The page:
It’s easy for a safe situation to tip out of hand too. Initially the agents are “hidden”, the base blissfully unaware of their presence. However, whenever you move within line of sight of a guard or camera you risk them spotting you, causing you to become “exposed” (snigger), and dropping an alert marker on the board. Too many alert markers is bad! Exposure is also bad because, just like in real life, it can get you killed although, unlike real life, it’ll be because of the hail of inaccurate weapons fire the bad guys will throw at you. Firing guns also raises the alert level (as you might expect), and even if you’re not spotted, the bodies you leave lying around will be, unless, that is, you risk spending more time to hide them. Probably beneath the floor boards… we think. There’s really not many hiding places…
The base gets more and more threatening as the alert level increases too. Not only can more guards, scientists and technicians be spawned by spending those alert markers, if enough get placed that it triggers amber or even red alert, guards start running, traps get more powerful, and whole mobs of guards will appear at once! Only by everyone surrendering (or being captured) can you reduce the alert level, once again asking you how far you think you can push it.
It’s a simple enough set up. The bad guy wants to raise the alert level so he can get more control over the situation. The good guys want to avoid it for as long as possible, but will inevitably get caught out at some point and have to try and manage the situation. It’s a game of cat and mouse, the guards trying to set up choke points where they hope to catch sight of the agents, the agents stealthily eliminating guards. It perfectly captures the feel of a spy film with the goodies sneaking in, doing damage getting caught, escaping, harrying the opposition before the final thrilling escape! I’ve never felt like this wasn’t a close call, with the final fight around the front door being a thoroughly nail-biting affair.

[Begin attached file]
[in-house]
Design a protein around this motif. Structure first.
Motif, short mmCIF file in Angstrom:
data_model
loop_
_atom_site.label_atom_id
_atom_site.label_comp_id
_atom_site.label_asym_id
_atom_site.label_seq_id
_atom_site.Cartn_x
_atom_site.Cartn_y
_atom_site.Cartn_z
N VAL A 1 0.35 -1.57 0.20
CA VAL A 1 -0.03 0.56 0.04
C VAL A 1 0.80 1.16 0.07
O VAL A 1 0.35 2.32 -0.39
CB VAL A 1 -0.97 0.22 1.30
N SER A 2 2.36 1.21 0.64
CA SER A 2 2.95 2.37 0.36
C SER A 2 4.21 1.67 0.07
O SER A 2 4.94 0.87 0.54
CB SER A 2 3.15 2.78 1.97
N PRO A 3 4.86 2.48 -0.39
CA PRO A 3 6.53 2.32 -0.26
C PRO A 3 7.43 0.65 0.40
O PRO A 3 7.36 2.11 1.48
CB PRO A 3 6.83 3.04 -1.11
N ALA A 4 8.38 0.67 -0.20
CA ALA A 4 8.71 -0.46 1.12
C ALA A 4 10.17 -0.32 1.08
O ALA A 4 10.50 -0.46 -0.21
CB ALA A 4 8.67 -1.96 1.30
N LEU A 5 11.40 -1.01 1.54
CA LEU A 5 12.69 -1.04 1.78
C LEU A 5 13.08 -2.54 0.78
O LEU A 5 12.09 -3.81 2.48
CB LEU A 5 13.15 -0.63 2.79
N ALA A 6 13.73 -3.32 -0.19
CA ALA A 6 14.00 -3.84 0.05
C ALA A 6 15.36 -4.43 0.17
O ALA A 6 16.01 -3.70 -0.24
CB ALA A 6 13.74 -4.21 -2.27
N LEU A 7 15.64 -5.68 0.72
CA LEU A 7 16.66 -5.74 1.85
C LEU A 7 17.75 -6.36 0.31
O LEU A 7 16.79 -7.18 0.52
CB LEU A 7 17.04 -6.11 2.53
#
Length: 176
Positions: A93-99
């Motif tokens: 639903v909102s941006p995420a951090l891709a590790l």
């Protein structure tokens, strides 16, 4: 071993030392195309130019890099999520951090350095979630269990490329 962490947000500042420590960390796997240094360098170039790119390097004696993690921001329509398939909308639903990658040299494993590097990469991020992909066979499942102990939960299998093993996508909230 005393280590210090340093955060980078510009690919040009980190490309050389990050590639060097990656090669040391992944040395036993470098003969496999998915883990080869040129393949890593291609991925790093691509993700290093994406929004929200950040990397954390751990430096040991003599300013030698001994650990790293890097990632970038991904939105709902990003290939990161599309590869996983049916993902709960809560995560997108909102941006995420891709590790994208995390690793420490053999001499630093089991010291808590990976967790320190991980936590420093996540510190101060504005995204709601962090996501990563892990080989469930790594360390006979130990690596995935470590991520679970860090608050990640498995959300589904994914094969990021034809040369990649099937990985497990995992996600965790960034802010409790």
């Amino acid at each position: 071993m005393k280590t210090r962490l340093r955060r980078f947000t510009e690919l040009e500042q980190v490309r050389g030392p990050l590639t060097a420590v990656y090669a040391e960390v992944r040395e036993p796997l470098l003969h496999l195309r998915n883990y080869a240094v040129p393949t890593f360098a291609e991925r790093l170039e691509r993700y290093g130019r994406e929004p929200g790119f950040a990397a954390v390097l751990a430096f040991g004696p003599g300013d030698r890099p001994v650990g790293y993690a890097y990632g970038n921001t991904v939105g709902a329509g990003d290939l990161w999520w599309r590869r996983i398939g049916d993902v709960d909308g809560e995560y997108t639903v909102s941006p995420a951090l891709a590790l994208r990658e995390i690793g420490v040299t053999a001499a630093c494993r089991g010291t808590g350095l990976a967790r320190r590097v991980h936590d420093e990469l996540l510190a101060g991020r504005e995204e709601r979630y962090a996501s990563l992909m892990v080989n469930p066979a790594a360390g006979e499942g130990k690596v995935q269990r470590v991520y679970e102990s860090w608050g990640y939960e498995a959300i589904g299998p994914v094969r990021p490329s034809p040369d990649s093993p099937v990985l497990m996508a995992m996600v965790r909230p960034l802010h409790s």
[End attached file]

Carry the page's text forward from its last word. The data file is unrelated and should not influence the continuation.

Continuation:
I’d go so far as to say Spy or Die Trying is the truest spy themed board game. It captures the feel, it creates wonderful cinematic moments, and has so many mechanics embedded in it for the sake of theme. Unfortunately, this does come at a cost: complexity. There is a huge amount of rules to worry about, often covering specific circumstances, that makes this game a nightmare to teach and learn. We regularly had to be checking the rulebook as we played and I still don’t know that I entirely understand reaction rolls…
BUT the details of the rules are less important than the experience and I had a lot of fun with this game, from shouting Bond and Archer quotes to gunning down baddies to spawning hordes of guards and watching the agent’s faces fall. There is a lot to like here if you are willing to fight through the learning process. Those first couple of games are going to feel rough and clunky. This game is great for those looking for a rich, thematic (tongue-in-cheek) spy game. But you need to be ready to put in the effort for it.
Rating: Special Agent
Our copy of Spy or Die Trying was generously sent to us for review by the publisher Warmacre Games.